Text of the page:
Written by Anthony Moujaes
For the Rev. Jan Bodin, it was an easy decision. The Fairbault, Minn. pastor is welcoming a tour group to her church, and is hosting a performance about marriage equality on Wednesday May 1. The Project 515's production of "515 — The Tour!" has been designed to make the audience aware of some the state's 515 laws that deny same-sex couples the same rights and freedoms as heterosexual couples.
"A lot of the congregation now is very welcoming of LGBT folk, so it's really changed the face of who we are," said Bodin, pastor at Congregational Church UCC in Fairbault. "And it's important to take this stand for justice because discrimination should not be allowed to stand."
Minnesotans United For All Families, a campaign group in the state advocating for marriage equality, will send a half-dozen people to be part of the 45-minute performance. The show's actors demonstrate real-life scenarios of how some of the 500-plus laws restrict LGBT couples from the same rights and freedoms as heterosexual couples.
The Wednesday night performance at Congregational Church in Fairbault is free and open to the public. The Project 515 Education Campaign is a Minnesota nonprofit that works to teach citizens about the laws that affect same-sex couples in Minnesota.
Project 515 first contacted Bodin about a month ago to inquire about hosting a performance, and the congregation's trustees and diaconate unanimously agreed, she said. After the show, there's a Q&A segment where audience members can ask about issues and how some of the scenarios affect communities.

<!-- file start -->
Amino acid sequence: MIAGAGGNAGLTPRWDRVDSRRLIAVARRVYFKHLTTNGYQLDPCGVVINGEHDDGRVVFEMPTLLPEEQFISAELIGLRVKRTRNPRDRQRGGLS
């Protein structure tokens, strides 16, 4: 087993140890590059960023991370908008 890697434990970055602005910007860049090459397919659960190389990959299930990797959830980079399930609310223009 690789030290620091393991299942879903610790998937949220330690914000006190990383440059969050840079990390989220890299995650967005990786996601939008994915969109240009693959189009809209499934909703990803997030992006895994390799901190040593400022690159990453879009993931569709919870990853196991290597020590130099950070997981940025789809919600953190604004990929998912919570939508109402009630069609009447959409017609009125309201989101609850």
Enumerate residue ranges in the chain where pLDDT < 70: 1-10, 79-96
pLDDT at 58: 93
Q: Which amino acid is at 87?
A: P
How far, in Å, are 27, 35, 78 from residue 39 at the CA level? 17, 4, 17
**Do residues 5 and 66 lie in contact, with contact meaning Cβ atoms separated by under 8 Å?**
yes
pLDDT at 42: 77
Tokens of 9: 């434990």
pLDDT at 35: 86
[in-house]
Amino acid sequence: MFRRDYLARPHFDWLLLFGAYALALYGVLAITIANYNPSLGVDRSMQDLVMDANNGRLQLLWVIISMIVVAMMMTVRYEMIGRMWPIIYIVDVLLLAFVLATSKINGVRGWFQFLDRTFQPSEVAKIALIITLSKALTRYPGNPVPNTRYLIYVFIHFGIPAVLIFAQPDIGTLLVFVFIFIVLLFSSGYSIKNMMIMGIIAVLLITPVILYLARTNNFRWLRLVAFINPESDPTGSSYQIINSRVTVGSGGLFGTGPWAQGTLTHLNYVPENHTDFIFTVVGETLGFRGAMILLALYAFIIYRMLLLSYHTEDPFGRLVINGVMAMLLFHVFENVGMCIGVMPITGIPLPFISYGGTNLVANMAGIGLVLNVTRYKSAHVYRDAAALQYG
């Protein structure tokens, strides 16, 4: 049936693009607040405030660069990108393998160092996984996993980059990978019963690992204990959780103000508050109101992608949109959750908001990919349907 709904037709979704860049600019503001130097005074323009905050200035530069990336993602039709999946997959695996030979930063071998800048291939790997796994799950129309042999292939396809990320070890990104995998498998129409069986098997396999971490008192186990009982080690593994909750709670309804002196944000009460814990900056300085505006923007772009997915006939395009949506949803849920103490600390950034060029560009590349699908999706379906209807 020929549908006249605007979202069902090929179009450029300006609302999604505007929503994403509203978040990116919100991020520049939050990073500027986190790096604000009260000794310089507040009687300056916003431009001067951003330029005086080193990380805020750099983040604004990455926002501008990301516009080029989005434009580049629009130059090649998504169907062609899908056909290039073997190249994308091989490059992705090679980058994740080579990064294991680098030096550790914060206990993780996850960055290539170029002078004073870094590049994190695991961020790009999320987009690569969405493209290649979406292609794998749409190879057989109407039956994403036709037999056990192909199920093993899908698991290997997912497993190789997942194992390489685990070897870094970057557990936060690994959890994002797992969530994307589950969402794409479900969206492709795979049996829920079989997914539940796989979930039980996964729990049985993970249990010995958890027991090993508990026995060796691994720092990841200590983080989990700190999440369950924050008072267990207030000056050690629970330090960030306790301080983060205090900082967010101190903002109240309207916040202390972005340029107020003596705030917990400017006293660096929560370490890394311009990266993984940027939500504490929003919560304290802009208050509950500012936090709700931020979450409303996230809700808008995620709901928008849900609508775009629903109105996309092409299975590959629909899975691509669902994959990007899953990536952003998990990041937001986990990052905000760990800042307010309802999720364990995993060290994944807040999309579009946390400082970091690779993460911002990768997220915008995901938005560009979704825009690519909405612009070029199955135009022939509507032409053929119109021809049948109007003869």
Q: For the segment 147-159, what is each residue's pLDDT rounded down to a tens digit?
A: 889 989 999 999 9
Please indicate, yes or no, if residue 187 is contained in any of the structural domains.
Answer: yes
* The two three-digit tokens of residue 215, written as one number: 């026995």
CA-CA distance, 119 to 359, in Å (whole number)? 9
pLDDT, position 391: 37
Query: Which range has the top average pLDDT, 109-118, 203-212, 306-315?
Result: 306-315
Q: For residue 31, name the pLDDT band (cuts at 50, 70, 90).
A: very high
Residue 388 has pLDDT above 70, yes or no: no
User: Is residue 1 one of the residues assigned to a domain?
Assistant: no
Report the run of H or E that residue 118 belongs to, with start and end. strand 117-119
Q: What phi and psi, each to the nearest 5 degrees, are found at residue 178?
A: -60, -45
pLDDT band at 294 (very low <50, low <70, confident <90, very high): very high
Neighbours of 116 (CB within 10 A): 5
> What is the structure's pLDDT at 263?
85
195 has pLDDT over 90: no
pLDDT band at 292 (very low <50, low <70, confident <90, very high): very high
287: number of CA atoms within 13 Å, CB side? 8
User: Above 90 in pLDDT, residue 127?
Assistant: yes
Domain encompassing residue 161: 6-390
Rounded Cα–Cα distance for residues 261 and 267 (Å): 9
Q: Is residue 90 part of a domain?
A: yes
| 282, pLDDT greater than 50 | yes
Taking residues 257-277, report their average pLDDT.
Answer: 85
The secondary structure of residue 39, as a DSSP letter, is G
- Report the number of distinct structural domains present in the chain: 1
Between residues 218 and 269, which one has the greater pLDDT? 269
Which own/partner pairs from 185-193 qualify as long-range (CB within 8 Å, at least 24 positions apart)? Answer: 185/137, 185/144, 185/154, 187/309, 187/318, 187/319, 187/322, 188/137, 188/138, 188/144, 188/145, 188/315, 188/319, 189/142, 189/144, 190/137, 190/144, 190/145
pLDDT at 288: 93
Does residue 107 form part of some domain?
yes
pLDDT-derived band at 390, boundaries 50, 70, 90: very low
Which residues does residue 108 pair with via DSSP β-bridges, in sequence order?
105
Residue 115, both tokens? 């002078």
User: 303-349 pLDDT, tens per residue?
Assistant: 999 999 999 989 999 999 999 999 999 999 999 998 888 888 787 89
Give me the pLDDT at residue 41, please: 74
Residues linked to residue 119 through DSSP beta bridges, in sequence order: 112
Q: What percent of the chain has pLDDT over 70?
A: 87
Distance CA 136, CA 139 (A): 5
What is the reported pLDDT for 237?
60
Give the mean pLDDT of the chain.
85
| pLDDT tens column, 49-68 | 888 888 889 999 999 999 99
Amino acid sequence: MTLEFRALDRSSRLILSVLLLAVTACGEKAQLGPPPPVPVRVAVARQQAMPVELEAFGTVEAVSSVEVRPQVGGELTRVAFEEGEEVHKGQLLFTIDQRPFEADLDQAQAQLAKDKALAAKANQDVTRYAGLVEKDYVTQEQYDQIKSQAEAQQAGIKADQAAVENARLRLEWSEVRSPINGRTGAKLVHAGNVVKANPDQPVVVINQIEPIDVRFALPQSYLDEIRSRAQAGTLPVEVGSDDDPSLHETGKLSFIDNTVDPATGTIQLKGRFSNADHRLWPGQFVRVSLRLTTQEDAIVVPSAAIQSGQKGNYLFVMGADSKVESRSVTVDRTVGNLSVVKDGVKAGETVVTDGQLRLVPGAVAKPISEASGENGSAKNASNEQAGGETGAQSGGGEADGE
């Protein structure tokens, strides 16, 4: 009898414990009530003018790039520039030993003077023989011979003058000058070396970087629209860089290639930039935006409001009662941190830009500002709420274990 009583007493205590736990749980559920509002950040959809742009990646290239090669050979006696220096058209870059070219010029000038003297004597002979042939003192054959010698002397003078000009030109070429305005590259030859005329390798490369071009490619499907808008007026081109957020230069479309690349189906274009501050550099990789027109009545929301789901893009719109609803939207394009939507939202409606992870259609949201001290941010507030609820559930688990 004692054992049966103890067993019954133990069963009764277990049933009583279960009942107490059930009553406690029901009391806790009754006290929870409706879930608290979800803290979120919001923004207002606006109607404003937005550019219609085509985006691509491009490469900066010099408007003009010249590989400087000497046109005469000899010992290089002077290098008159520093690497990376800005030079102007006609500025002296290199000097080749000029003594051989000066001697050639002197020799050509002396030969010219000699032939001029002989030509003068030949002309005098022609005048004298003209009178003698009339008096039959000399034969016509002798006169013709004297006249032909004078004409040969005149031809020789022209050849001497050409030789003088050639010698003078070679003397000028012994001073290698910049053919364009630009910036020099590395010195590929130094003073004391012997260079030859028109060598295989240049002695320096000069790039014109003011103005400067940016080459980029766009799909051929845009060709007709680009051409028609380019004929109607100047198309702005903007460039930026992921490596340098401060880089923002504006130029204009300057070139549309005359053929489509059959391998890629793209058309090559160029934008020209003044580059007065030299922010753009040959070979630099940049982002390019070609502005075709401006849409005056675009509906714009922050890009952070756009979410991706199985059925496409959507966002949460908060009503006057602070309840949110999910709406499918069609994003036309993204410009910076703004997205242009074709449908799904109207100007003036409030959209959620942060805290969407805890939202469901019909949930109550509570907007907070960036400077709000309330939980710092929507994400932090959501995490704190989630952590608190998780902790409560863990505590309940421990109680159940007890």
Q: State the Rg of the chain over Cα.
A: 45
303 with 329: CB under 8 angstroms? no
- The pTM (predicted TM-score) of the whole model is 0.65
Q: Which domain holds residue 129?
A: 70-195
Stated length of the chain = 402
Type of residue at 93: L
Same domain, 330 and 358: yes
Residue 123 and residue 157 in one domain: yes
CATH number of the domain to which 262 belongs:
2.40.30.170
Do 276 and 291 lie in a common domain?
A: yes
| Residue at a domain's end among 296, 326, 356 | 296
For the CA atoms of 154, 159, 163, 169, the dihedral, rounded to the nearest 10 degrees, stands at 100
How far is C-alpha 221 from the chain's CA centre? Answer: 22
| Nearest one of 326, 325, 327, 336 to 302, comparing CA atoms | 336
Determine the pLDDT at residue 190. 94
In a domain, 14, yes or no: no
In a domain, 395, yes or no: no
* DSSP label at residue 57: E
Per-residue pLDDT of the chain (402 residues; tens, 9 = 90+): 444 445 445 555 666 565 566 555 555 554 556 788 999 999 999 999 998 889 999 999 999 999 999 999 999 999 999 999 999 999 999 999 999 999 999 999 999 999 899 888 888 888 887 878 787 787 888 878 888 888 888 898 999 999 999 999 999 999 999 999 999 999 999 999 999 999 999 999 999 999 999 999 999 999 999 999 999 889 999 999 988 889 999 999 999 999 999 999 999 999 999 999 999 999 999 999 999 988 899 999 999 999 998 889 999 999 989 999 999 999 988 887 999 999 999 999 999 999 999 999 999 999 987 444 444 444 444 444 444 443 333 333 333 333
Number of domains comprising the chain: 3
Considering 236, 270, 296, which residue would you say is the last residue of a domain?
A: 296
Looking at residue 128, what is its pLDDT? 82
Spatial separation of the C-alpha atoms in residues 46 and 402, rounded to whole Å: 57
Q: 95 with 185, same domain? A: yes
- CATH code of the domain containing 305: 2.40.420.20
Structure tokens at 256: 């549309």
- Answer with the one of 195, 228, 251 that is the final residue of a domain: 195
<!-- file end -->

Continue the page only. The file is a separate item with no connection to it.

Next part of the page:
"My congregation has identified itself as an Open and Affirming congregation," said Bodin, who has been pastor at Congregational Church for a little more than three years. "About three years ago we hung a rainbow banner outside the church. People come by on a regular basis to get their picture taken in front of the banner, and it's fascinating to me."
Minnesota became the first state to vote down a proposed constitutional amendment that would have banned same-sex marriages in November 2012, but that decision didn't give LGBT couples the right to marry. So, the debate on the issue hasn't gone away.
A recent poll indicates that 51 percent of Minnesotans favored changing the state's definition of marriage to one man and one woman, idea while 47 percent are opposed to changing the law. The state legislature will likely consider a bill by the end of May that would allow LGBT couples full marriage equality.
Bodin thinks that "Fairbault has been targeted because it may be a swing target area," she said. The city of about 23,000 people is about a one-hour drive south of Minneapolis-St. Paul, and Bodin describes it as "incredibly conservative."
The UCC's General Synod affirmed full marriage equality for all couples in 2005, and there are now more than 1,000 open and affirming churches registered with the UCC Coalition for LGBT Concerns.
Three other states (Illinois, New Jersey and Delaware) are also considering marriage equality legislation. There are 10 states, along with Washington, D.C., that permit same-sex marriages: Connecticut, Iowa, Maine, Massachusetts, Maryland, New Hampshire, New York, Rhode Island, Vermont, and Washington.